State Senator Golden And Assemblyman Cymbrowitz Announce Legislation To Repeal Long-term

 

New York, NY—Feb. 3rd… State Senator Martin J. Golden (R-C-I, Brooklyn) and Assemblyman Steven Cymbrowitz (D- Brooklyn) today announced that they will be introducing legislation in Albany to repeal the perennial real estate tax exemption Madison Square Garden has enjoyed since 1982. Elimination of the tax exemption would provide an estimated $11 million per year in additional revenue to New York City.

Madison Square Garden was granted the exemption during difficult financial times for the institution—and when it was threatening to move its two premier sports teams, the Knicks and Rangers, out of the city. But the real estate tax exemption, which has saved the Garden approximately $200 million to date, did not include a "sunset" provision. Senator Golden and Assemblyman Cymbrowitz think that was bad tax policy.

"Madison Square Garden is a New York City gem, the world's most famous arena," Senator Golden said. "But now that it is profitable, the time has come for it to pay its fair share of taxes. The exemption may have made sense in 1982, but it doesn’t make sense 22 years later. Putting Madison Square Garden back on the tax rolls is fair and proper tax policy."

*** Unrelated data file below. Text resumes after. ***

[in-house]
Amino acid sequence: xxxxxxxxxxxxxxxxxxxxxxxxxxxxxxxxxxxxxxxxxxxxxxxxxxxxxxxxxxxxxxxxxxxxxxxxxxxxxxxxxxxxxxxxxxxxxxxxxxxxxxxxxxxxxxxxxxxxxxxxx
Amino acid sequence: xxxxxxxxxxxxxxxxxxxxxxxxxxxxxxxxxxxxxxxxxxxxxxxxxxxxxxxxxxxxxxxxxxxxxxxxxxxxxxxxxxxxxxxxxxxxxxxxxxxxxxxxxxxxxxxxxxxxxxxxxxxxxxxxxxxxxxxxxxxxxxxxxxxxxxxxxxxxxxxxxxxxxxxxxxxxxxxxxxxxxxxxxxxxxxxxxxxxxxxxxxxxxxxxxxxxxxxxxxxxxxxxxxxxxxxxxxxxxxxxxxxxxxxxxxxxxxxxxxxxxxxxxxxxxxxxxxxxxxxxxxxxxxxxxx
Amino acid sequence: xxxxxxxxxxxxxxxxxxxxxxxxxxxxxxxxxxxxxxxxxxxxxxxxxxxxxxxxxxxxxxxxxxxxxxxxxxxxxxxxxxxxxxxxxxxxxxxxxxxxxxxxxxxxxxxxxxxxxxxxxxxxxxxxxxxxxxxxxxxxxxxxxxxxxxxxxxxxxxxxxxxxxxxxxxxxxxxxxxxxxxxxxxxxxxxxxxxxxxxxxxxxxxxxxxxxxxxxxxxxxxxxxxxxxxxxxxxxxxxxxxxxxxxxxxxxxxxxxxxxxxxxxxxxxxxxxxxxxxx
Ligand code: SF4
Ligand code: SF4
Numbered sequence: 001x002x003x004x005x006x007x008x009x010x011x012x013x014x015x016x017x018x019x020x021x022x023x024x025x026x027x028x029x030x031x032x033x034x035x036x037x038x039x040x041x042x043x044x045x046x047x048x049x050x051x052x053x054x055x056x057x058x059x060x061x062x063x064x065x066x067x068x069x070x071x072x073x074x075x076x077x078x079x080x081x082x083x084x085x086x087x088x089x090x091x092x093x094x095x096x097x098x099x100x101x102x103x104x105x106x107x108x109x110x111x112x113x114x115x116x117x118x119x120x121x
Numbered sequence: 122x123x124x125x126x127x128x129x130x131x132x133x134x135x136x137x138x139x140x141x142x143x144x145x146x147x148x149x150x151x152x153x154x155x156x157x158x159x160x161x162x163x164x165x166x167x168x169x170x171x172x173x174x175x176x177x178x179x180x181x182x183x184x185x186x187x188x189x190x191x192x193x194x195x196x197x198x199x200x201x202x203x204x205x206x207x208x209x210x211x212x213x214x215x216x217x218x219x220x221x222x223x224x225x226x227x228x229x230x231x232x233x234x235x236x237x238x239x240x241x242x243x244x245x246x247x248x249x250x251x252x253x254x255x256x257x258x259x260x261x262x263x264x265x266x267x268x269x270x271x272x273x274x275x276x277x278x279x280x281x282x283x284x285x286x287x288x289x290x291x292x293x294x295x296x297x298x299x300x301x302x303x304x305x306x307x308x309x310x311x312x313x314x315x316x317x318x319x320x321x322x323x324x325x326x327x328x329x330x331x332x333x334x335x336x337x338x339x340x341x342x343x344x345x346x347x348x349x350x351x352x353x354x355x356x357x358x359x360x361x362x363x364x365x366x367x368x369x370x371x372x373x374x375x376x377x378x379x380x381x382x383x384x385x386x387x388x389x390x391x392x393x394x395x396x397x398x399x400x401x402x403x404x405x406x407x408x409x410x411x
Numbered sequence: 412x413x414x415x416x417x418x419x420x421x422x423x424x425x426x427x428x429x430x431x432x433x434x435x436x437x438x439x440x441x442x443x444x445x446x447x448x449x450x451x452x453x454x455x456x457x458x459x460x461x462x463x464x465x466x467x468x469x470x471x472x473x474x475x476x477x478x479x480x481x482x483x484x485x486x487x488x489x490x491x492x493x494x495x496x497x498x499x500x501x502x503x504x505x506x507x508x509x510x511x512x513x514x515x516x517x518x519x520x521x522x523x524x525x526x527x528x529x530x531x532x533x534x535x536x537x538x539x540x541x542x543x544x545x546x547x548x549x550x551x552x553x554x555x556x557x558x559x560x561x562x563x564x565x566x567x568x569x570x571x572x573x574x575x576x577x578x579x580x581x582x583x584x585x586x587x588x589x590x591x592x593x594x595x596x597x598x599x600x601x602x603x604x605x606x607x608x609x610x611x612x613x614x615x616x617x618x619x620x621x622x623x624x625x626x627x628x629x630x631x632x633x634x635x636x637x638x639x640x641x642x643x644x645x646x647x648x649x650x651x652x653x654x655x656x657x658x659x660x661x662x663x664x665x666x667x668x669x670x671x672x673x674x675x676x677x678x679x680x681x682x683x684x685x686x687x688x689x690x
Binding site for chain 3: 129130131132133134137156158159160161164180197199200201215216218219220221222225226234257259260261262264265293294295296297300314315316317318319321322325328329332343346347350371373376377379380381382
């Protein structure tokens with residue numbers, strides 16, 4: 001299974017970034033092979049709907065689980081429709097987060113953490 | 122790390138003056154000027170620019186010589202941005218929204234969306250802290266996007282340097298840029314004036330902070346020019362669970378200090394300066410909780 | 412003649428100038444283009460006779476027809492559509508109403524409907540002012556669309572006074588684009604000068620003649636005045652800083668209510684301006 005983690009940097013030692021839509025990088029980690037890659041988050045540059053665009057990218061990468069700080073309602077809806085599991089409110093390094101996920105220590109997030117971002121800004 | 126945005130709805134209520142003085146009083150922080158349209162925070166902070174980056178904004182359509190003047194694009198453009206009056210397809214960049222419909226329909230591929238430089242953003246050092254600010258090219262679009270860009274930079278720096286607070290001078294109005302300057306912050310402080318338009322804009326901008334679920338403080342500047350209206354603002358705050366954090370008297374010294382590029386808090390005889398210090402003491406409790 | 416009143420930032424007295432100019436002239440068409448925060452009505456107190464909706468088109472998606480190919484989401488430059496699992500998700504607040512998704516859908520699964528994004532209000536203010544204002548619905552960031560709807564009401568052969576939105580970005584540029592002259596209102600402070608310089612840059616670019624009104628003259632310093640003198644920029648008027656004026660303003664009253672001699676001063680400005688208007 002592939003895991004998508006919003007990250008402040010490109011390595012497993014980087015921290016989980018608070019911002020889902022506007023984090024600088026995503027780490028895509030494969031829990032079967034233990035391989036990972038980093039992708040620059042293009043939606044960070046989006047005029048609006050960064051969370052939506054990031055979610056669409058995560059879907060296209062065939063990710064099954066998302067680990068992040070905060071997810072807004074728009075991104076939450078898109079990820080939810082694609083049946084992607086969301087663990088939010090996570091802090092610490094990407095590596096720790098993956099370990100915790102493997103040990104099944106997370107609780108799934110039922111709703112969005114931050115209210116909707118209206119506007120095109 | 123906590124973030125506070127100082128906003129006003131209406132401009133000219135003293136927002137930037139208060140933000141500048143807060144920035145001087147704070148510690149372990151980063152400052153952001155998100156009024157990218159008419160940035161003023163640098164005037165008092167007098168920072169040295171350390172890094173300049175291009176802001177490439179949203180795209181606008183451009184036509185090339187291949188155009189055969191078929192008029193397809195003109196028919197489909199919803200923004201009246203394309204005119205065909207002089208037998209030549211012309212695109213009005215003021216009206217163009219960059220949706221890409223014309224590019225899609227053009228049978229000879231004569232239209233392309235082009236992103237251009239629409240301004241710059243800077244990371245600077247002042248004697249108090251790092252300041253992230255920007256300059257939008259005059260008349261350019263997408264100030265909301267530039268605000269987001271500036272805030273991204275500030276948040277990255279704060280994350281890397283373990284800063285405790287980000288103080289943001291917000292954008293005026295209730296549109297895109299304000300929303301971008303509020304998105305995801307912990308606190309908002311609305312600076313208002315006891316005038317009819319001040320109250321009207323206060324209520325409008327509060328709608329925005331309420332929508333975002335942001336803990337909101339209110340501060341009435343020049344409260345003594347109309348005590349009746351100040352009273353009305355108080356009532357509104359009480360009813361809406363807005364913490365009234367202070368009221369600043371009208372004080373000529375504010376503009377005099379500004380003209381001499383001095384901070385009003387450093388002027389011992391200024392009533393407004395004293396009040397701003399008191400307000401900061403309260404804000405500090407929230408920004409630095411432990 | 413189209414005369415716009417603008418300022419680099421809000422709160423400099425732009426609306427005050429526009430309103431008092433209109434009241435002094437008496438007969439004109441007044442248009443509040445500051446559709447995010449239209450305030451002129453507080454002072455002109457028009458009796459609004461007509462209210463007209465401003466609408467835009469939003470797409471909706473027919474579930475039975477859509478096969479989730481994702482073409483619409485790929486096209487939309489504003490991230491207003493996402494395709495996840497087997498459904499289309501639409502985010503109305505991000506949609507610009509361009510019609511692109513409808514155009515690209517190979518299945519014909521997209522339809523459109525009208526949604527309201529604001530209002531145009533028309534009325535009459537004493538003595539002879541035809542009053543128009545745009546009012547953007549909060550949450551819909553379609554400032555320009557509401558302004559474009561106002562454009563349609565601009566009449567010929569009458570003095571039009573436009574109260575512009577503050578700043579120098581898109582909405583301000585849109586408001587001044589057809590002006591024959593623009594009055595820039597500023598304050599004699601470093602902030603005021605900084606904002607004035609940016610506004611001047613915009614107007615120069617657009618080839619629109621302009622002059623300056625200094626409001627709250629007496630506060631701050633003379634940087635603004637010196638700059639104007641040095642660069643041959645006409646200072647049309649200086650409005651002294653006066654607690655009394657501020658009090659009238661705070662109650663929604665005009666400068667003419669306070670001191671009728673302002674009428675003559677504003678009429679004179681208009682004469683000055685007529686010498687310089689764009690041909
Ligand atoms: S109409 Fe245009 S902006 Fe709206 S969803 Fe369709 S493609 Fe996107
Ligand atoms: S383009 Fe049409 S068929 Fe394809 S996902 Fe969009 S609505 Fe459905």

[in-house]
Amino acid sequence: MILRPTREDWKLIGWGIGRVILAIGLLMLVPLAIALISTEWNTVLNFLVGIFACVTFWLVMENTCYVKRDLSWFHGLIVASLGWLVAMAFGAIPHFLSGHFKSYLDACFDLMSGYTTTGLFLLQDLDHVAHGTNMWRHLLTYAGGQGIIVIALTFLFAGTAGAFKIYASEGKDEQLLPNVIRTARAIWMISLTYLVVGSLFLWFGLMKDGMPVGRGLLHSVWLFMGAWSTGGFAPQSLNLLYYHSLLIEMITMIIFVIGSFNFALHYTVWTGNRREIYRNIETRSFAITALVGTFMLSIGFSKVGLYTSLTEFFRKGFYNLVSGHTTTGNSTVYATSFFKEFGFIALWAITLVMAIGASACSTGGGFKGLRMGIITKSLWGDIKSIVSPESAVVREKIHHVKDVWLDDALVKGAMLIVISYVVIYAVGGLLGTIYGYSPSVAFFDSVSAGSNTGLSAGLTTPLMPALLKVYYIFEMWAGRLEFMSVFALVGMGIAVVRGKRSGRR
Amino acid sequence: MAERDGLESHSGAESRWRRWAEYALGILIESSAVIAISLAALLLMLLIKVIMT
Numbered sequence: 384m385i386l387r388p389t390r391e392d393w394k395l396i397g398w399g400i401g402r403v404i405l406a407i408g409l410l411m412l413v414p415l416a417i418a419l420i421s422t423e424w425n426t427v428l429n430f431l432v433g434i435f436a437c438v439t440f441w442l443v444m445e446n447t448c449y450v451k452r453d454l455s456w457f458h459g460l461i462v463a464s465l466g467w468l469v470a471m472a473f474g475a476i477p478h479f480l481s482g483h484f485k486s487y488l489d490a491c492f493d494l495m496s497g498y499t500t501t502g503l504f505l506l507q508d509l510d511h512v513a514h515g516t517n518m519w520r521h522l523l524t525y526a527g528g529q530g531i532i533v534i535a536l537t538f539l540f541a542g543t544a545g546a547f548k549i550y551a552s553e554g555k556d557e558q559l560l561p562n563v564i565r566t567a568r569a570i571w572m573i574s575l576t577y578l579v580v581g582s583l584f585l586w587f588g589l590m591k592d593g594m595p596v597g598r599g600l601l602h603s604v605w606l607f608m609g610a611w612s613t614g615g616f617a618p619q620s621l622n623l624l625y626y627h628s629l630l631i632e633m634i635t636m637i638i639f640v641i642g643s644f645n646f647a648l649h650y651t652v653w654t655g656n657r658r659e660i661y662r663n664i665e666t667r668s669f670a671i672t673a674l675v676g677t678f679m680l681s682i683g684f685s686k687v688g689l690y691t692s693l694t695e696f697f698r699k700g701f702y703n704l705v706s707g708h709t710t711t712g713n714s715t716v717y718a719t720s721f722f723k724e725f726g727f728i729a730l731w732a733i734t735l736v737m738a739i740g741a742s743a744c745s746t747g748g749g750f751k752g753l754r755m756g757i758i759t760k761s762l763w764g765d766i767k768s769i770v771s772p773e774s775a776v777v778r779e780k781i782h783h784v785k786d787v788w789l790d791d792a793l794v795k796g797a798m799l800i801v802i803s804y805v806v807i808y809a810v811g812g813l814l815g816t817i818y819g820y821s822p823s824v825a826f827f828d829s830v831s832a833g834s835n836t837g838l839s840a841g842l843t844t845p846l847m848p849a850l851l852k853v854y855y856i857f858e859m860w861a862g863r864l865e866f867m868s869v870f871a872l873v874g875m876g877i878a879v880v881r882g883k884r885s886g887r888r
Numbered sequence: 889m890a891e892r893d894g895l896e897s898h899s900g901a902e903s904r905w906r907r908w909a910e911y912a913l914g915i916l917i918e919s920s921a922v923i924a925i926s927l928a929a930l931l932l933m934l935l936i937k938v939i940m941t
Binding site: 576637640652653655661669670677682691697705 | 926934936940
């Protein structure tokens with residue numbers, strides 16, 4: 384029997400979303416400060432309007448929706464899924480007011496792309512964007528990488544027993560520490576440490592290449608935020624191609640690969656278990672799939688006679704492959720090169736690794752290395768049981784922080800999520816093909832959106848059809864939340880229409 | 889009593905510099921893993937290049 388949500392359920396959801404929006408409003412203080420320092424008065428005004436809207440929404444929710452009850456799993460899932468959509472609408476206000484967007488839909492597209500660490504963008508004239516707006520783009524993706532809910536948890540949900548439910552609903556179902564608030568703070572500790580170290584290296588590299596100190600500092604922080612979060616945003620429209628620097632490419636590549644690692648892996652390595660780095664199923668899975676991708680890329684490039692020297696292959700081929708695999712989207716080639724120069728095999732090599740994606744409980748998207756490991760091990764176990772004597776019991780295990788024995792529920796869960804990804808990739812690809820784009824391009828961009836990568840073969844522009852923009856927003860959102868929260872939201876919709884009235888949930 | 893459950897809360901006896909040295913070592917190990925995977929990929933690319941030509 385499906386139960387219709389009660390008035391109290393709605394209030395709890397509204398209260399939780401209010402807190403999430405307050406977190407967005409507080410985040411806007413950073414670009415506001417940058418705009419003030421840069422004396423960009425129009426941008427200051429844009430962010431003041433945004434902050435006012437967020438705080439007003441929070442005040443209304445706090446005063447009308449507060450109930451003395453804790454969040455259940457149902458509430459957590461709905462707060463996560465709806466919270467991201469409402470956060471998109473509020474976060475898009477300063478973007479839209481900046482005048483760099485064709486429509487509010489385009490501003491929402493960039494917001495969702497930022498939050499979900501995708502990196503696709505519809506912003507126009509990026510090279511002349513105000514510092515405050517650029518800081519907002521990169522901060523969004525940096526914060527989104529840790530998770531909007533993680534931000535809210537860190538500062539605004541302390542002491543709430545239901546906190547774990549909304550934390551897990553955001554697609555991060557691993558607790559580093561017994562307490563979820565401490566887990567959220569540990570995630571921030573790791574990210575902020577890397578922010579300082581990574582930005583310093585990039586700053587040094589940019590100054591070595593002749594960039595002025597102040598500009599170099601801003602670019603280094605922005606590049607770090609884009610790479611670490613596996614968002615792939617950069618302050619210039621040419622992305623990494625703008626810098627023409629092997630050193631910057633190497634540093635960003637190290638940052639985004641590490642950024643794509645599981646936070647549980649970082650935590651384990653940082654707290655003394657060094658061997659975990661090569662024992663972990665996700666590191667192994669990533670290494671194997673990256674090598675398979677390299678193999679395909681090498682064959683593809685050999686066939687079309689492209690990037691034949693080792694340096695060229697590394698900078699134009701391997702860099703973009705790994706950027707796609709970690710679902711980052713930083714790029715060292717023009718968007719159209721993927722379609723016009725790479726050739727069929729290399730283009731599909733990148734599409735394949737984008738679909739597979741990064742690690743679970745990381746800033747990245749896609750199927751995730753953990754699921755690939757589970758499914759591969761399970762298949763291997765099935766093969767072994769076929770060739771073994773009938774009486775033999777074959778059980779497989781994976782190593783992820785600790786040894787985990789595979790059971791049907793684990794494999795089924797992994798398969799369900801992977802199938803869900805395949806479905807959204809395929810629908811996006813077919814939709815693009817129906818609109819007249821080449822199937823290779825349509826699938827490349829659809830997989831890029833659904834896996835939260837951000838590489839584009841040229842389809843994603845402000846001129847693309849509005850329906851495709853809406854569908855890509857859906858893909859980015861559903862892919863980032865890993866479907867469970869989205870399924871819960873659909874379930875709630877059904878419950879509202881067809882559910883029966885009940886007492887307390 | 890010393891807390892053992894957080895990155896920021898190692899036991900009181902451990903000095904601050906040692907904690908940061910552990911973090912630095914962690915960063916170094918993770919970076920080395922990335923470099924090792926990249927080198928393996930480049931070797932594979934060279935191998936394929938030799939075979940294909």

"New York City and New York State are facing looming budget deficits, and exemptions like the one Madison Square Garden has received for the past 22 years simply no longer make sense," Assemblyman Cymbrowitz said. "The Garden clearly doesn’t need the exemption any more, but New Yorkers sure could use the tax revenue. It is unconscionable that the average New York homeowner pays thousands of dollars in real estate tax annually, while Madison Square Garden has no real estate tax obligation."

Assemblyman Cymbrowitz has introduced his legislation in the State Capitol; Senator Golden will introduce his next week.

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